It’s another night of spaghetti and sauce overloaded with meat. Noodles sticking to the insides of stainless steel pans and tomato sauce splashed against the stove top, drying until I come along with a sopping wet sponge to clean it up.
Half-filled mason jars are scattered around on top of our old bookcases and paint-covered trunks. We’ve always used mason jars. Our moms always washed out the jam after the summer supply was spread, and we were left with jar after jar shoved into cupboards. I’m carrying on the tradition, filling my shelves with the remainders of stocked pantries and farmer’s market purchases. I feel like this is poetic for what we’re doing here. We want what has stood the test of time; things that are ok with feeling used. But I’m getting ahead of myself.
Friends and strangers have kicked up their feet and I’m lending a book to someone I’ve just met. We are forging a little community here over hot rolls fresh out of the oven that soak up sauce and brownies that melt in our mouths. It’s amazing how one invitation of food becomes an invitation for hearts to feast. I want every person whose shadow passes through our doorway to know they’re loved, they have a place, a meal, a makeshift family, a stack of books to peruse, a jar of water, a friend to ask them “Tell me what your life looks like these days” and then sticks around for the answer.
I love community and I will keep finding a way to make space for it.
But even still, I feel wary of community for community’s sake. I want to turn the fresh rolls and red sauce into broken bread and holy wine. I don’t want our community to function for its own sake; for our own satisfaction and self-congratulatory pats on the back that say, “Look, we have accomplished it.” I’ve just started leading a women’s discipleship group at our house and one of the primary calls for the group was to not be a place to meet your new 10 best friends. This hooked me. Discipleship is not the cool kids club. True community is not elite, exclusive or always comfortable. We want our home filled with people, not just to grow in friendship and relationship, but to grow in roots and truth.
Stop me at the stove and tell me what’s really going on. Let’s talk for a minute about how to win hearts and not just follow rules.
We’ll be honest with you and tell you what has been hard about the years in our lives and the lives in our marriage.
Ask the question about how to deal with this major cultural issue and we’ll unpack it here, where we’ll look to the Word for answers, where we want to be people of the Gospel and of grace. And we’ll make a lot of mistakes. We’ve already screwed up and surely we’ll screw it up again, but that’s why we want to keep pointing to Jesus.
My husband and I have talked about the (not-so) new mantra that suggests we can dispose of “negative people” and “toxic relationships” to improve our lives. Cut them off, some say. “Break up” with the friendship. Surround yourself with people who make you a better person.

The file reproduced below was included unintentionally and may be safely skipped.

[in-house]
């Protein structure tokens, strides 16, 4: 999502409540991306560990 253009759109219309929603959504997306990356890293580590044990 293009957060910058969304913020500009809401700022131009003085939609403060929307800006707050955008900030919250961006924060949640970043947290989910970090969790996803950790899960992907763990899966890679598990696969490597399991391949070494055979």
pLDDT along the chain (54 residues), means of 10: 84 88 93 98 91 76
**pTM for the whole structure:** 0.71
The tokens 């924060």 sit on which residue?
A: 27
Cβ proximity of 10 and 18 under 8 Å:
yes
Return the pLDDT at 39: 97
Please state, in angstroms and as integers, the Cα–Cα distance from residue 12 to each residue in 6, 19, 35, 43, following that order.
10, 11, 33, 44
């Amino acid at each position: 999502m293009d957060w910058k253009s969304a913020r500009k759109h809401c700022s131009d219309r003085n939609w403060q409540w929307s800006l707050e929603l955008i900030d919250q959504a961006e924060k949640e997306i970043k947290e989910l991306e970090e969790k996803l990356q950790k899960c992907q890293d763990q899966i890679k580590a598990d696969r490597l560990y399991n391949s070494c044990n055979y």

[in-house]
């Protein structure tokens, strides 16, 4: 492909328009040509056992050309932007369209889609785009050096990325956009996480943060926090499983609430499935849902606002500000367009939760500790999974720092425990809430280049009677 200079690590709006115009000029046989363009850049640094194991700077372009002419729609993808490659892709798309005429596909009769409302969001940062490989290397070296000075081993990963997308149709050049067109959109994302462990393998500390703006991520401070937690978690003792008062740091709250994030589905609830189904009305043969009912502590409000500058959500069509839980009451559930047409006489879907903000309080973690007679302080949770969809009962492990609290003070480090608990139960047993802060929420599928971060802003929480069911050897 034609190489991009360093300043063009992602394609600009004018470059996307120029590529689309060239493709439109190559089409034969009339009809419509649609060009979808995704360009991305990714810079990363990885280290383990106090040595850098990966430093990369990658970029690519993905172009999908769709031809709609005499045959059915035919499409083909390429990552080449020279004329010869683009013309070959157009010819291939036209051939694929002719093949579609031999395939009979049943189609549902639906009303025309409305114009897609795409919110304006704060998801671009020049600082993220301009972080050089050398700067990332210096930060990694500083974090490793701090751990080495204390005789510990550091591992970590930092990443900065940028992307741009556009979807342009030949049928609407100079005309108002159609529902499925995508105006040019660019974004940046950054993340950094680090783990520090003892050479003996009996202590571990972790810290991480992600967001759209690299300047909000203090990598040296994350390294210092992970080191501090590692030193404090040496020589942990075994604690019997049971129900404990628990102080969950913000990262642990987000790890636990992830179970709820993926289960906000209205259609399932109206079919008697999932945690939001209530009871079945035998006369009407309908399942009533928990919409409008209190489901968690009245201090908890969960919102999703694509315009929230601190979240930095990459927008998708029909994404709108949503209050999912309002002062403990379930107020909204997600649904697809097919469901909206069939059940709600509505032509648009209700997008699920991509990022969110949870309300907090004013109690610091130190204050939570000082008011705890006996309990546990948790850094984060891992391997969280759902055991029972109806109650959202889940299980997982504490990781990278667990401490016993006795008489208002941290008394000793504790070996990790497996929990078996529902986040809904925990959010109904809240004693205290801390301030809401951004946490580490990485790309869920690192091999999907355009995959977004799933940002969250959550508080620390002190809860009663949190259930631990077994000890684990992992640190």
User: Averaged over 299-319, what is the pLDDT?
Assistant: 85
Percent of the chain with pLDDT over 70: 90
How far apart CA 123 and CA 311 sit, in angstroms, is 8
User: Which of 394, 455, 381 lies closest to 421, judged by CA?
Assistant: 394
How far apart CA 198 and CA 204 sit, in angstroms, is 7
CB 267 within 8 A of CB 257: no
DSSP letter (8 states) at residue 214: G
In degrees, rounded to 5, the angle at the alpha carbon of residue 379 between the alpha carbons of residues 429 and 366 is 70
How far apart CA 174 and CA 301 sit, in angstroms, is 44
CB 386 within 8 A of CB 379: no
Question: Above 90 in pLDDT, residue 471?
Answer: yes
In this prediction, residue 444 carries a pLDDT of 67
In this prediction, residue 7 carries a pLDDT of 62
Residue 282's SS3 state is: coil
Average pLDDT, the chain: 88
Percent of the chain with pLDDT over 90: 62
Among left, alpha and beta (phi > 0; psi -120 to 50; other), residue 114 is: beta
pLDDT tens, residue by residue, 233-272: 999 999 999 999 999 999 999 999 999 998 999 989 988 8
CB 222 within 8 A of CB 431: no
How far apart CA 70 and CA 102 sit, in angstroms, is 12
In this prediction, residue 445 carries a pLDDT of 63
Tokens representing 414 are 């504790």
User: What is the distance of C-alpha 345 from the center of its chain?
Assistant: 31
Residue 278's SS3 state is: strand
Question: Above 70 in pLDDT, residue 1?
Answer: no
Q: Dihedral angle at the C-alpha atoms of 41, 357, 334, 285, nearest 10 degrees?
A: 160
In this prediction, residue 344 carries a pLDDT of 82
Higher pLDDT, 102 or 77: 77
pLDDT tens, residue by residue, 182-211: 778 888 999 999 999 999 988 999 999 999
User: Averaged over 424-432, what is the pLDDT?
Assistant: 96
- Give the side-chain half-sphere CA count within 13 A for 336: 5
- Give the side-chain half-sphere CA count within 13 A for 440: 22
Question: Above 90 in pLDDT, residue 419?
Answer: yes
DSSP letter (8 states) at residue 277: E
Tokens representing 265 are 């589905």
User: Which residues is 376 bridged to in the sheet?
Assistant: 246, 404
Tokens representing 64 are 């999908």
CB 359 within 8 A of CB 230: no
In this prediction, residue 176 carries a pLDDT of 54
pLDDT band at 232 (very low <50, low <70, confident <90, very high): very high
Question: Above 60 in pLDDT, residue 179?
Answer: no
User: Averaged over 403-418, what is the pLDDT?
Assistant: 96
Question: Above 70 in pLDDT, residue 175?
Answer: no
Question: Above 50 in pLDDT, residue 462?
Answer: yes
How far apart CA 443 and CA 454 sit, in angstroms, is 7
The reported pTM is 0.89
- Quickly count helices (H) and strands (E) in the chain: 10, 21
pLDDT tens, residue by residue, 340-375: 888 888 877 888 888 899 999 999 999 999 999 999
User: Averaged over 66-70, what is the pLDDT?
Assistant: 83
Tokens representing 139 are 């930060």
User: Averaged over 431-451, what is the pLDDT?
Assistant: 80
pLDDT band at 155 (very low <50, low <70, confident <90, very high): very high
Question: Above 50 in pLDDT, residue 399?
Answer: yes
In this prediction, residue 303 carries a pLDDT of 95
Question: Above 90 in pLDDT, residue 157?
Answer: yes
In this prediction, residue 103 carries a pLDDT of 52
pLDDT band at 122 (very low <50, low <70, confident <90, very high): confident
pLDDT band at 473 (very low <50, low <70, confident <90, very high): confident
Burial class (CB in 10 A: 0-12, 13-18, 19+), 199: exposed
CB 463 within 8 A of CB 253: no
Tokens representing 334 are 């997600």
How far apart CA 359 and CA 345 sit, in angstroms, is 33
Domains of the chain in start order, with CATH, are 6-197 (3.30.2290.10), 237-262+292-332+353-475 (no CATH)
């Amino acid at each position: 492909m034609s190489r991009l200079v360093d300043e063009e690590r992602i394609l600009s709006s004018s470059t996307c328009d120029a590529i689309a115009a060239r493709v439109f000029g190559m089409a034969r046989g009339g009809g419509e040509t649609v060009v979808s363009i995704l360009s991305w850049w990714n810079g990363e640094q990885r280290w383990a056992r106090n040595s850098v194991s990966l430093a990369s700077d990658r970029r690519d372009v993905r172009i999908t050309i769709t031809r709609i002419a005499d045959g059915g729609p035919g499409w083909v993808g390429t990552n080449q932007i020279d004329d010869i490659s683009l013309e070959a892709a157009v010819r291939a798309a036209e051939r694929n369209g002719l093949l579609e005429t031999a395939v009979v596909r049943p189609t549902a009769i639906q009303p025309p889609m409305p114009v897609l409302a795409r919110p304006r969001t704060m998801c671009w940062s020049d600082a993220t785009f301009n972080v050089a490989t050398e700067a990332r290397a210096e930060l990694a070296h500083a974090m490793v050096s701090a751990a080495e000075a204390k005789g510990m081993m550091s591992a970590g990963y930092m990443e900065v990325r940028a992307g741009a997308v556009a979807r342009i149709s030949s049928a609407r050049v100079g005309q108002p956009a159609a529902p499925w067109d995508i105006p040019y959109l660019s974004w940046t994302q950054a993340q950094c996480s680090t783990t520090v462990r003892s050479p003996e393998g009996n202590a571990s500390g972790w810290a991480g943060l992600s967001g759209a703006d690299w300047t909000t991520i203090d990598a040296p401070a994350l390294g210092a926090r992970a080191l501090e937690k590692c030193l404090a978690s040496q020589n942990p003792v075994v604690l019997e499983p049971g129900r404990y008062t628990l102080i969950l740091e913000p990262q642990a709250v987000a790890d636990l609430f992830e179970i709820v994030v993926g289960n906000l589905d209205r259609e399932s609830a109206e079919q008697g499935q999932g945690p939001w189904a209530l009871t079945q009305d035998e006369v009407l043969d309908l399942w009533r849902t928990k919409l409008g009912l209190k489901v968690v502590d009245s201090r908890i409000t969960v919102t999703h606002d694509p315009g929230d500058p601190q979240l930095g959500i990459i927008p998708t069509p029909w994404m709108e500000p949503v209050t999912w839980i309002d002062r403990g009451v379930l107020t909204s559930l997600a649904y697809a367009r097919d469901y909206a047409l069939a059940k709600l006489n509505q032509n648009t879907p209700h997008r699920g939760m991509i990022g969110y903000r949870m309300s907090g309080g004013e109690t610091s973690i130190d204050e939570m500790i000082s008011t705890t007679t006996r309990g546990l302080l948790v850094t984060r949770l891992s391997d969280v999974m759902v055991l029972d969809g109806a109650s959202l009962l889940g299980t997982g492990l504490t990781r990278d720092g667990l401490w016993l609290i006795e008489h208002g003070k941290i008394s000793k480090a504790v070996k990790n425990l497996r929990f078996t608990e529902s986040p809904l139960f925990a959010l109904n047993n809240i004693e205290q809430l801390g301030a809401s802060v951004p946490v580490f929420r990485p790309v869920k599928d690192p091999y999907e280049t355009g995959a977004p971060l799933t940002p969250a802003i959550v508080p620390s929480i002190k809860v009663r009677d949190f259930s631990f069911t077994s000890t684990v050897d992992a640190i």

And while I know that all relationships need boundaries, I can’t help but wonder if we’re missing the point with building circles out of our 10 best friends. Us four, no more. Granted, we are not designed to be doormats for the world but we are meant to lay down our lives (and sometimes, that might look an awful lot like letting someone walk all over you.) We are called die to ourselves. We cannot save the world. We cannot fix the broken world. We cannot smart-talk our way to a hardened heart or make enough spaghetti to dissolve the hunger of arrogance and hatred.
But we can be the fish and the bread. And we can be broken so that some will see the miracle that a life broken for Jesus does not fall apart, but is instead multiplied. We can love Jesus, serve Him and do it all in a messy, imperfect sort of way and let him use our crumbs and lunch scraps to serve the world.
Maybe this is the hardest lesson of all. We can’t just break up with broken people, but we can be broken up for them.
I don’t know how to do this well. I want my new 10 best friends to be with me all the time. I want to know that I’m always and forever in a group of peers who love me, respect me, cherish me and value me.
I don’t want to be in a group of peers who might eventually deny me, betray me, lie to me and question me.
But that’s who Jesus is. And I am a far cry from that kind of community leader.
“Everything you have is given to you to push back darkness around you,” my pastor said. I scribbled it down quickly. Push back darkness. In me. In our town. In community. In our home. Everything I have is not given to me to make my life suitable for me and the 10 people who I think are are the most awesome 10 people I have ever met. Everything I have is not meant to make me feel better about myself.
“When you primarily look at yourself,” my pastor said later in his message, “whether you see a slug or a rockstar, when we’re not just thinking too high of ourselves but rather think about ourselves too much — that’s pride.”
I write down as much as I can until my hand almost cramps in the forever posture of trying to write down something I'm sure to forget. Amidst a culture that says to put yourself first, close the doors, save more, fulfill your own dreams, prolong youth — God calls us to die to love a little more every day. Like the one we follow, our lives will feel spent, split and spilt and because He did, we can do this without pressure to perform, the need to impress or the panicky feeling that suggests we aren’t building ourselves up enough. Maybe in the dismantling of our pride, we can find that the best community isn’t built on us at all.
What a relief.